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What is the difference between a stage play and a film?
In: Movies, Theater [Edit categories]

Answer:

A stage play is performed live. There is the possibility that there will be mistakes during the performance (technical difficulties, forgetting your lines, etc). The actors have to project their voice and make their movements and facial expressions big and obvious enough for the audience to be able to hear/see them. The cast of a stage play will rehearse the show for months before the first performance, and the performance dates can go on for months as well. Auditions for a role in a stage play usually only take a couple of weeks.

A film is recorded. You're allowed to make some mistakes because you can just start over and film it again (as opposed to trying to cover it up in front of a huge live audience). The actors have to be realistic and believable (as opposed to big and obvious). The cast of a film will usually only have several minutes to rehearse the scene before filming it, and this applies to each scene filmed. It can take a few weeks just to film one scene (filming the scene, lighting, different angles, facial close-ups, pan views, etc). Filming can take as long as a month to a year or more. Auditions for a role in a film can take months.

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What's the difference between drama and theatre?

Like many playwrights, Edward Bond seems to think that one is superior to the other

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Edward Bond
Drama is not theatre ... Edward Bond. Photograph: Eamonn McCabe

The playwright Edward Bond raised a few eyebrows recently by, among other things, dubbing Brecht "the playwright of Auschwitz". His argument was so patently absurd that I barely hiccuped. Instead, another statement caught my eye. Bond was speaking of a production of his play The Woman, which he directed at the National: "I went back to see it after it had been playing for a week and the actors were doing it as if it were Tom Stoppard. They were doing 'theatre'. But drama is not 'theatre'." You could almost hear his disgust.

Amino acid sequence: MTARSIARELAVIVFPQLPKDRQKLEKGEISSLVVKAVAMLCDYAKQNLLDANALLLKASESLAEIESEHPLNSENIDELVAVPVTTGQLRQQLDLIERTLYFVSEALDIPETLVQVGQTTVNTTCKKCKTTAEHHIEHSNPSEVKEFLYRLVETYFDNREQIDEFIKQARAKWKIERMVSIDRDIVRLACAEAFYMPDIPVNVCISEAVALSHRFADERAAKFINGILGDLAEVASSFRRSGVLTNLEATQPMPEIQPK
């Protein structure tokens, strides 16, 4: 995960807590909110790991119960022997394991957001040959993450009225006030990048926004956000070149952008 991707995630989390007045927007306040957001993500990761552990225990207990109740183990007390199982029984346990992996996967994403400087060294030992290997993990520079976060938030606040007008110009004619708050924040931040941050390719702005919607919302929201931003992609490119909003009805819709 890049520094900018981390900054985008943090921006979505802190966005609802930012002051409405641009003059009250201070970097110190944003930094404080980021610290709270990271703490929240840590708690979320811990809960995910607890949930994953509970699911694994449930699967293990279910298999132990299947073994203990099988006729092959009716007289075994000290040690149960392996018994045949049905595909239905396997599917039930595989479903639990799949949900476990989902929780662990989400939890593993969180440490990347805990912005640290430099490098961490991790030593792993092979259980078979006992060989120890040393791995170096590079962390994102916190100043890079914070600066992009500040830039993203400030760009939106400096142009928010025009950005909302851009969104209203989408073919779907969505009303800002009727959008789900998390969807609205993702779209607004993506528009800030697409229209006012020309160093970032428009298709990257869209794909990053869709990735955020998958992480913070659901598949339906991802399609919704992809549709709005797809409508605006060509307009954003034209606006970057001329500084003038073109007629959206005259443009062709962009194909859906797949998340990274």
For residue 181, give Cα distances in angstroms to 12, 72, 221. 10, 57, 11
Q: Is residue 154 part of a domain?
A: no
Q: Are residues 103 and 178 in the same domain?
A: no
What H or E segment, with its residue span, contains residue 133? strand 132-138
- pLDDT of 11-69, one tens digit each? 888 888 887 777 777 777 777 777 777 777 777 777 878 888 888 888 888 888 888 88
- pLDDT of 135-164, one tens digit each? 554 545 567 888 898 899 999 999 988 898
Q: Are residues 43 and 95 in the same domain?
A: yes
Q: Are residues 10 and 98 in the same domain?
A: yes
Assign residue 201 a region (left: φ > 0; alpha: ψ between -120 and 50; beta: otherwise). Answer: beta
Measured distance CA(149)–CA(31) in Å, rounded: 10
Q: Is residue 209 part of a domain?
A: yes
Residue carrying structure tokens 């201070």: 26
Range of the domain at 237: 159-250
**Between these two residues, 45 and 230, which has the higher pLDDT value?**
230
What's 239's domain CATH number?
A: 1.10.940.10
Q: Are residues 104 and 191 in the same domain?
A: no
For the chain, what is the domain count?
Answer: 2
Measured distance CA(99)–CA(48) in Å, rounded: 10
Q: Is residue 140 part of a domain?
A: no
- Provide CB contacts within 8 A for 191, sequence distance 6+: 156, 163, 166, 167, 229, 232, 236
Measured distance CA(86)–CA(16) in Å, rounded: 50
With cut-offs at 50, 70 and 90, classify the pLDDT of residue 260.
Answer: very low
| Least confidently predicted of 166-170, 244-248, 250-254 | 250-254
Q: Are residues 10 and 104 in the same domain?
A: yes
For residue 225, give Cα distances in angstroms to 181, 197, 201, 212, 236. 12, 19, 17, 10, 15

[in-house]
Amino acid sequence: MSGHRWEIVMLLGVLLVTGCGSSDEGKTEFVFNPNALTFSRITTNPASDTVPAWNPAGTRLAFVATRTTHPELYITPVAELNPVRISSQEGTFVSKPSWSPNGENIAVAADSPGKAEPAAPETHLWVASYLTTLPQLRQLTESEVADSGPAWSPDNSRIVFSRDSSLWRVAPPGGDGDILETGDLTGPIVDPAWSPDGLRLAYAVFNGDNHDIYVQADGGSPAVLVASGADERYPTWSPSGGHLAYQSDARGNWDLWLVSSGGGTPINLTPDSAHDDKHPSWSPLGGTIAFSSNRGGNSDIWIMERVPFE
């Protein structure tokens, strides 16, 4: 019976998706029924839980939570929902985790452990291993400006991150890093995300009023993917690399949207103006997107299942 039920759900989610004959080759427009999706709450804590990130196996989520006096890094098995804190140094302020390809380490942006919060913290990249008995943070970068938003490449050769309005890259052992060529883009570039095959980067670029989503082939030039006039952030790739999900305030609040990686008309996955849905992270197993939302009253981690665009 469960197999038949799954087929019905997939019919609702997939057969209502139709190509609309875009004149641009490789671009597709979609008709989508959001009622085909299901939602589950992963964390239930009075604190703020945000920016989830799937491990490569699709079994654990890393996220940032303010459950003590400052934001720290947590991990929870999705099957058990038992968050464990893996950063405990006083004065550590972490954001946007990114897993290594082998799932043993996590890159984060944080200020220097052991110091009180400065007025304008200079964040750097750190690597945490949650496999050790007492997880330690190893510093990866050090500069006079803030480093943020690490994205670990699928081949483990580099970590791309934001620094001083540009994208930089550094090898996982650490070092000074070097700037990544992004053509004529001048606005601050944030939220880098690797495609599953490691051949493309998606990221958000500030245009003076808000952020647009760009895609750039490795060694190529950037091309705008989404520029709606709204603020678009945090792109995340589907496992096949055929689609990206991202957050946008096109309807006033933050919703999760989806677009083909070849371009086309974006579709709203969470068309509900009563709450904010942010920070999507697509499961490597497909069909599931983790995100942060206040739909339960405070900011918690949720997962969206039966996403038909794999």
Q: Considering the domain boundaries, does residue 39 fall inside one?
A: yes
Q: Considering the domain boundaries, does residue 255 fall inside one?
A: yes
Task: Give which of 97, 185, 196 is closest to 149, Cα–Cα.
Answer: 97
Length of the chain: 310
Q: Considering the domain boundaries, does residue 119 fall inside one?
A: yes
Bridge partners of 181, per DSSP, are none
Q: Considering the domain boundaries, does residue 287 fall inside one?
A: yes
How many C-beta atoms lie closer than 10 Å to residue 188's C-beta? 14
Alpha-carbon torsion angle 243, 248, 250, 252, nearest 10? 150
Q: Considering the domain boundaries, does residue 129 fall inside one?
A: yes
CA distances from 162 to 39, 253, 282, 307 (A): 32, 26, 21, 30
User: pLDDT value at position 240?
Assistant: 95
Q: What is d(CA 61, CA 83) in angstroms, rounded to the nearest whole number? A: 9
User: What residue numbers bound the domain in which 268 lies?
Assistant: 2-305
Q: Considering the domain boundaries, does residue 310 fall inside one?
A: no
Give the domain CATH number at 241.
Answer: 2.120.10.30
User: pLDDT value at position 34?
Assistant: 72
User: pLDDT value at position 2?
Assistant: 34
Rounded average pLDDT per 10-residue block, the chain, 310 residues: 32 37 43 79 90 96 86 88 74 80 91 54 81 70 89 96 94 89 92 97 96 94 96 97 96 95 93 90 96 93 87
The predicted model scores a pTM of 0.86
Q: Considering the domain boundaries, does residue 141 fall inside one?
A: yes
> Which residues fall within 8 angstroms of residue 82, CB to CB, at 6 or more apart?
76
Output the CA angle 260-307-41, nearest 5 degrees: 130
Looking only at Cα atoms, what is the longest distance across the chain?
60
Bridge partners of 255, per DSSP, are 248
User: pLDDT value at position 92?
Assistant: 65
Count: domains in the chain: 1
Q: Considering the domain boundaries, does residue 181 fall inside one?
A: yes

It seems that Bond has a very specialised definition of "theatre", one that comprehends the entire art form as, heaven forbid, a kind of meta-Tom Stoppard play. But his comment gave me pause, because this distinction between "drama" and "theatre" is one I've heard many times before, and almost always from writers.

The implication usually is that, while "theatre" is a vacuous, commercial or essentially trivial enterprise, Drama transcends theatre's vulgar origins and leaps into Art. As Mrs O'Neill said of her husband, Eugene O'Neill was no mere playwright: he was a dramatist, and thus sat with the gods. Drama, we are given to understand, is Serious. Through the landscape of Drama stride the likes of Sophocles and Euripides and Shakespeare, lightning bolts of genius in each hand, their brows corrugated with Olympian thought.

An impressive picture, certainly, and one can see at once why a jobbing playwright might aspire to such divinity. But something inside me is irked by this picture. I love writers - why, some of them are my best friends - but it does seem rather self-serving. There is, in any successful production of even the most uncontroversially play-like play, rather more going on onstage than just the words: there's an entire texture of sound, design and performance and, crucially, there's an audience responding to it. If drama is just about the writer, then it might as well stay on paper.

If I'm in categorising mode, which is lamentably seldom for a critic, I think of theatre as the general noun, and of drama, like comedy, as a subset of theatre. Theatre has many mansions, and writers are resident only in some of them.

Critic Hans-Thies Lehmann coined the term "post-dramatic theatre" to describe a shift in practice away from a hierarchical model, with the writer (usually a dead writer) at...
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